Curated by Lucas Cuturi
At first glance, Britschgi’s works seem inconspicuous, but after a thorough examination they achieve great impact. Britschgi’s main interest lies in the nature of a thing. Often things are also absent and must first be supplemented intellectually.
The play of the “enraptured” reality – the picking up of different realities and the overlapping of several levels is therefore also the content of the work “Romeo and Juliet”. Seen from a small peephole, the world appears to be in order. A table is apparently set with crockery and pots. But this is only a fiction – similar to the one in Plato’s Cave Parable. If we look at the work from a different point of view, the artist’s intention is to realize that what he originally saw was only illusion, and that in reality the table and dishes are suspended from the ceiling on silk threads, separated from each other but at the same height.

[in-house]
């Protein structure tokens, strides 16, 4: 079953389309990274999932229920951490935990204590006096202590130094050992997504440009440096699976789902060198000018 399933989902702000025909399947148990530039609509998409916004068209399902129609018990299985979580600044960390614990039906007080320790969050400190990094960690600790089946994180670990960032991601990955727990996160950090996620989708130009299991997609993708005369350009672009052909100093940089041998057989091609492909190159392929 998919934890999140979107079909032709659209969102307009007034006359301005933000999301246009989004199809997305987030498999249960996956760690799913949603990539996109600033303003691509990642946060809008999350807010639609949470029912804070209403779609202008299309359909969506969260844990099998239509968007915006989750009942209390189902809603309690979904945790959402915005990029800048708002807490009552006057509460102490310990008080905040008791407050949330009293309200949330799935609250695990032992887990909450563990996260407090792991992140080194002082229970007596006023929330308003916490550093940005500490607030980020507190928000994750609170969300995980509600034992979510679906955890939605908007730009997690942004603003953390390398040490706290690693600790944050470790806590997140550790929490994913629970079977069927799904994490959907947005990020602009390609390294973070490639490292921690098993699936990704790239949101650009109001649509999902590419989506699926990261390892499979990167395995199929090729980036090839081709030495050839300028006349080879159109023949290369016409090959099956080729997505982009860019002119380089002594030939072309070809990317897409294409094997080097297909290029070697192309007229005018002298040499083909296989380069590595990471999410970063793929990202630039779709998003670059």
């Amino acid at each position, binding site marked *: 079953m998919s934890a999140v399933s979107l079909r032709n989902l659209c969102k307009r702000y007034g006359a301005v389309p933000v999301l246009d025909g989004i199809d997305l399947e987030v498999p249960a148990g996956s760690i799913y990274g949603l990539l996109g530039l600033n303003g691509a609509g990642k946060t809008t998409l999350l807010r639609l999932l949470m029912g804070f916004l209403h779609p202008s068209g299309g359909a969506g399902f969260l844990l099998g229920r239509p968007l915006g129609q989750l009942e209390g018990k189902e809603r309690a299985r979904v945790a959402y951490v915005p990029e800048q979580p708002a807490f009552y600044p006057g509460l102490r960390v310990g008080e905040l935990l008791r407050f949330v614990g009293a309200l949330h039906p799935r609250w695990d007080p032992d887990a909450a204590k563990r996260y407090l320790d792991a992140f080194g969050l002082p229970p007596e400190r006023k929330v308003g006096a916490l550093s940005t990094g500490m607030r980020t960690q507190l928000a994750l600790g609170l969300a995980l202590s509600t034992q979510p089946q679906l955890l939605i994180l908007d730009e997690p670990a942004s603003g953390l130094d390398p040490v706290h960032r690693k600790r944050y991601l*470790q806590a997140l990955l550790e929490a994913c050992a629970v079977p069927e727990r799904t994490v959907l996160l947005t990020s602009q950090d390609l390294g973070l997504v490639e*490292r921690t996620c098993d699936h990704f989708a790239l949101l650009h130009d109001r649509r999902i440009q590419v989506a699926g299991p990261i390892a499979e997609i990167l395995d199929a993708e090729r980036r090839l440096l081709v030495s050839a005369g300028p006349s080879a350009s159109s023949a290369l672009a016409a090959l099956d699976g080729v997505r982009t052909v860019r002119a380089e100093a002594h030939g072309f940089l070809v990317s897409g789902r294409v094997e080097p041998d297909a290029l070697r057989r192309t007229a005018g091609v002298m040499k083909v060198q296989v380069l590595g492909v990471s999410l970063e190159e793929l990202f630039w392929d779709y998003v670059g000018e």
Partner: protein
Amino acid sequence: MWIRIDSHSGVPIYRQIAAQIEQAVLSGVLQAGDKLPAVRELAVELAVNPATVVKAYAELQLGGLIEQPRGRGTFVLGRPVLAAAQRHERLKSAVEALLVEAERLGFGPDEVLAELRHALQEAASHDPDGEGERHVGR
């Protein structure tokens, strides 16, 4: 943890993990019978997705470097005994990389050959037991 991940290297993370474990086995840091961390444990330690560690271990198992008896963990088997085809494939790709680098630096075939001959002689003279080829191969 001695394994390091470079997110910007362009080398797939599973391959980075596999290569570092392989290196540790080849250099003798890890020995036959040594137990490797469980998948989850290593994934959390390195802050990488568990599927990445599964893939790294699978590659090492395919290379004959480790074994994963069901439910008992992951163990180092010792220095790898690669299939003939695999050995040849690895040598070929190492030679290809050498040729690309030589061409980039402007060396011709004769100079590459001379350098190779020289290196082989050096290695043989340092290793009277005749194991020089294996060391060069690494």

The title of the installation, probably the most famous love story, is also an indication of the relationship between tableware and tableware. Although they are made for each other, they share the same fate as the two lovers in Shakespeare’s tragedy.
Text: Lucas Cuturi
Duration of exhibition: 3 November 2010 to 15 March 2011
Hidden Kitchen, Färbergasse 3, 1010 Vienna, Austria